Fungus, an Art Collective in Tbilisi, Thrives in the Light

Reinterpretation of André Masson's cover for the first issue of Acéphale [1936]). Photograph courtes...
KOI., “Désarméé,” (Reinterpretation of André Masson's cover for the first issue of Acéphale [1936]). Photograph courtesy of Fungus Collective.

At Tbilisi Culture Week in early November—a joint venture by promoters from Tbilisi and Kyiv—the artist Uta Bekaia performed in a heavy synthetic leather costume of roots and branches, rolling on the floor for a stamina-challenging half hour. “It is carrying toxic masculinity on your shoulders, traditions on your back, that make you what you are—and it’s a heavy burden,” he said of the inspiration behind the performance piece afterwards.

The artist had been invited there to perform as the co-founder and elder statesman of Project Fungus, an art collective in Tbilisi that serves as a support group and social network for young queer artists. A burly man with a bald head, bushy black beard, and hoop earrings, Bekaia, 46, left his native Georgia in 1998 and settled in Bushwick, Brooklyn. “I was a young queer man, very confused,” he said. “We were very lost in the post-Soviet situation. We saw the system crumble with our own eyes. When you’re that age, you need your tribe. Going from a crumbling Soviet state to New York, it was like someone hit me with a hammer over the head. It was so intense.” He found employment in New York as a theatrical set and costume designer.

Five years ago, he returned to Tbilisi and, for the first time since his move to New York, stayed for a long time. “I started going to queer parties,” he said. “Techno is very advanced here. There would be queer nights with performances made by queer kids. That was the only safe place they could express themselves. It was something I had never seen.”

Inside the exhibition.

Photograph courtesy of Fungus Collective
GOD ERA x Lasha Kabanashvili. Photograph courtesy of Fungus Collective.

He decided he wanted to support it. “It is something that should come to light, even though it is beautiful and happens in the dark and you have to be careful not to fuck it up,” he said. “It was important for me to work with young kids. I felt like their mom a little.”

Sofia Tchkonia, who had created Mercedes-Benz Fashion Week in Tbilisi, brought on Bekaia and his young colleagues to participate in November 2020. “Sofia wanted to widen her perspective,” he said. “And fashion is a safe space for queer people. I thought it would be a good place to do what we were doing.” Because of Covid, the event was shifted to the digital sphere. The new queer art collective contributed a video.

Uta Bekaia, “Lost in patriotism.” Photograph courtesy of Fungus Collective.
Tony, "This Rage of mine." Photograph courtesy of Fungus Collective.

It was going to be a one-off. Then two young artists, Mariko Chanturia and David Apakidze, wrote a manifesto for the group. “That changed everything,” Bekaia said. “The idea of creating something long-term was generated by the manifesto.” In the text, the role of queer culture is likened to a fungus that grows in the dark and is neither a plant nor an animal. “Like fungus, we do not fully comply with social and cultural norms,” it reads. “We thrive wherever we get even a little chance to grow….We all have our own habitation rules, we speak different languages, but we are all rooted to one fungus base, whose task is to destroy the accepted social construct that seems to be standing firm, but actually rots from the inside.”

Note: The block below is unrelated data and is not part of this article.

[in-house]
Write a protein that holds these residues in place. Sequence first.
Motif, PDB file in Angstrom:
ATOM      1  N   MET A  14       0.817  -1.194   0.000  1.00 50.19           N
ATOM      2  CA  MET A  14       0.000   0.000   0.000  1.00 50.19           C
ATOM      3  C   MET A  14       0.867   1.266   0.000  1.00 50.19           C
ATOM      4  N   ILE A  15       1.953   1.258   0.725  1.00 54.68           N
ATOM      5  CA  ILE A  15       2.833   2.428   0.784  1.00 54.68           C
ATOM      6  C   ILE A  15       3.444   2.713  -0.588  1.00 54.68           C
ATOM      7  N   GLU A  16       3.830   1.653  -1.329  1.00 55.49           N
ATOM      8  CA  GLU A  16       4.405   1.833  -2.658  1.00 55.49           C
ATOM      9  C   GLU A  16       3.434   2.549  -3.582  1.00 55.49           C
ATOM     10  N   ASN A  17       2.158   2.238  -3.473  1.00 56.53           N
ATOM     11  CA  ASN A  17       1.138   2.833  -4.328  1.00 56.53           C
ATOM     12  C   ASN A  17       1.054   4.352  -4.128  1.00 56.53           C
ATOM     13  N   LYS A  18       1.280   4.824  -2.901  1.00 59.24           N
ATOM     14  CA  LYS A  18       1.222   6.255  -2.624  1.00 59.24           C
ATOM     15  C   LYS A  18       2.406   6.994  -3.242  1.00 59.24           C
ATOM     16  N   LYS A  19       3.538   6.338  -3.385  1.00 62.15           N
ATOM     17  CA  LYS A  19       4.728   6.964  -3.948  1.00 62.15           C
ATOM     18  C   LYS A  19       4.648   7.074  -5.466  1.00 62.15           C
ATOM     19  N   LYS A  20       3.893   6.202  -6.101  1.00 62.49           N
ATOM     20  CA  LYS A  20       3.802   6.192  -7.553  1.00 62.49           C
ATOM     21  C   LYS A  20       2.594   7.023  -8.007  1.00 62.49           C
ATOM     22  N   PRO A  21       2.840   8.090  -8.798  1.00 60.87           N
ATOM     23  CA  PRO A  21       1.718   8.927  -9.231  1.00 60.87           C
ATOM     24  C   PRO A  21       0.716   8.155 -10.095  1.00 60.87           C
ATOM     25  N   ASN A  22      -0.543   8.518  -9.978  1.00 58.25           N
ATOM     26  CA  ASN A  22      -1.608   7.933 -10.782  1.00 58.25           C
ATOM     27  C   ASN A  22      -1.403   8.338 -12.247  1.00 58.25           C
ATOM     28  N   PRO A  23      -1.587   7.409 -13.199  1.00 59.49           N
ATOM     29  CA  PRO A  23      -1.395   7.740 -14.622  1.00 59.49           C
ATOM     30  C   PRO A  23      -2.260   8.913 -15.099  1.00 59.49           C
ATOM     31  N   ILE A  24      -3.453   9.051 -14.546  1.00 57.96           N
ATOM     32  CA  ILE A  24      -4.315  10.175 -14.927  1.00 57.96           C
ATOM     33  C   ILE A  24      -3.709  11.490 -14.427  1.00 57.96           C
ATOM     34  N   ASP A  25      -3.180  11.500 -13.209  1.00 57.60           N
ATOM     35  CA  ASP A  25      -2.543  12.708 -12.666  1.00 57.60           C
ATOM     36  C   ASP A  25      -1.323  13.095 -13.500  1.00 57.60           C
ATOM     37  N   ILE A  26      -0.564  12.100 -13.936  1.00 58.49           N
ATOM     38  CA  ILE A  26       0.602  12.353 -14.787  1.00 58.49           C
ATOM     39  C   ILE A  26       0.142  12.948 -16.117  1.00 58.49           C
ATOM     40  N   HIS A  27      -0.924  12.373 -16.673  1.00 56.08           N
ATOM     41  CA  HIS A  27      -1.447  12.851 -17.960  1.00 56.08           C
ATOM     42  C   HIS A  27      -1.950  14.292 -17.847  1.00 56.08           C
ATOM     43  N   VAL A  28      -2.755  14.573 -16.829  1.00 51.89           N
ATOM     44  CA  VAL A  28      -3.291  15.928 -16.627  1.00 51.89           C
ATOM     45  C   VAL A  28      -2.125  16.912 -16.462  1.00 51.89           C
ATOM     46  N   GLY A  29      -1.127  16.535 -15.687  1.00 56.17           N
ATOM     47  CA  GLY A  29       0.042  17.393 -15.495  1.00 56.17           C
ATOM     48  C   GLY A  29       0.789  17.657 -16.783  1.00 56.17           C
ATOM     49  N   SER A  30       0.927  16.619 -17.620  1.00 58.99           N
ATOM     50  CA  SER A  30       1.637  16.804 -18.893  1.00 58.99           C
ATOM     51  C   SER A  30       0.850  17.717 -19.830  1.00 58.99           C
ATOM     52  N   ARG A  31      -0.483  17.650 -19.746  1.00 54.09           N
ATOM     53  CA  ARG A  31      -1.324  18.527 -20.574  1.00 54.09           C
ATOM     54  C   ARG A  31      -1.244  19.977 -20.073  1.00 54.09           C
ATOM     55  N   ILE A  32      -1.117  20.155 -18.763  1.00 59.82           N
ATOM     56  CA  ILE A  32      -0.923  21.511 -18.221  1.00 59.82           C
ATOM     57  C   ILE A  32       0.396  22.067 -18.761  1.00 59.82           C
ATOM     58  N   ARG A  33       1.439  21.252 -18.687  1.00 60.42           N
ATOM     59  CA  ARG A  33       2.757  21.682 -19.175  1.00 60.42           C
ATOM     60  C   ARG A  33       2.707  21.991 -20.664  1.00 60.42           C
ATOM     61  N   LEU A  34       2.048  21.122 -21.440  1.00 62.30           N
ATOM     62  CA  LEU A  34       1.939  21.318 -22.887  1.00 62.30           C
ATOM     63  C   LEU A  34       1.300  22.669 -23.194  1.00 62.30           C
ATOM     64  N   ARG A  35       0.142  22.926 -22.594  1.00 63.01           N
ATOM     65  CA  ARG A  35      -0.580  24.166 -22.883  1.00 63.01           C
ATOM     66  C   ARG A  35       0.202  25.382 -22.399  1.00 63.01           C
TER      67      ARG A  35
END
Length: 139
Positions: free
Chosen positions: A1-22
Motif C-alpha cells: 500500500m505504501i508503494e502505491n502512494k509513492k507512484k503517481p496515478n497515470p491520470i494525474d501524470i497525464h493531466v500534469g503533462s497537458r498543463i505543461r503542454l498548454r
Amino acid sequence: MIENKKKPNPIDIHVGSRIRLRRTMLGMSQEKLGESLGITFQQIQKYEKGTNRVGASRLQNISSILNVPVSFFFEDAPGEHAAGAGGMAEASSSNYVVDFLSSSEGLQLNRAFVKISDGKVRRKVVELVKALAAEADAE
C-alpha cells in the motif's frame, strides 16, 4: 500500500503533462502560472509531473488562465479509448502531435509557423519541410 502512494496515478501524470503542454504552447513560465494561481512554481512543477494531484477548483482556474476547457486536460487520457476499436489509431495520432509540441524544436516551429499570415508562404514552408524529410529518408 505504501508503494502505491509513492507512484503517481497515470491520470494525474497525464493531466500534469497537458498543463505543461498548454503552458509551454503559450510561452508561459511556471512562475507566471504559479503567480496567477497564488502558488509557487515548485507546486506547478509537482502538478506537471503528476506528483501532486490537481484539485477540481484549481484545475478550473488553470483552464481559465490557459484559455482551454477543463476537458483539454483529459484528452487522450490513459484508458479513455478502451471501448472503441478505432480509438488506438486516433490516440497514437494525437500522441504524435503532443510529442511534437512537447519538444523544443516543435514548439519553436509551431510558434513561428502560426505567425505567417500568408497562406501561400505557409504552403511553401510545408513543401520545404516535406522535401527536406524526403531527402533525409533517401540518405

Project Fungus traveled to Ukraine in fall 2021 for Kyiv Art & Fashion Days, another Tchkonia enterprise. It called its exhibition “Anti-Fashion.” “The concept came from the idea that fashion steals the identity of queer people and uses it and doesn’t give credit back to where it came from,” Bekaia said. “It was five or six Georgian artists at a club for only two or three days.”

Less transiently, Fungus last spring leased a headquarters in a hip Tbilisi neighborhood of century-old buildings near the river. The ground floor serves as a gallery, and upstairs there is a place for the artists to hang out and occasionally hold meetings. “In the exhibitions that we do, a lot of people come off the street and see the images, and they get used to it,” Bekaia said. “Before, they would only see gay parades that come from the West. It is easier for them to understand when you show them a queer identity that is very local. It’s not implanted but very natural. For me, the most important thing for Fungus is that it is in the daylight for everyone to see.”

Unknown soldier. “Ukraine, 2022.”


Although Tbilisi has progressed vastly in its tolerance of homosexuality since Bekaia’s youth, it is a far cry from Brooklyn. “Georgia is a very hard place to be openly queer,” he said. “This is a homophobic country. Sometimes it’s physically dangerous to be as authentic as you want to be. Homosexuality for the Georgian right wing is the first no-go of why we should be pro-Russian and not have Western culture here.”

He maintains an apartment in the New York City borough, but his primary devotion has transferred to Tbilisi. And not only because he has a Georgian boyfriend. “Since I moved here, I feel I have more purpose,” he said. “It is not just egoistic building my career and going to parties. I feel I am part of something.”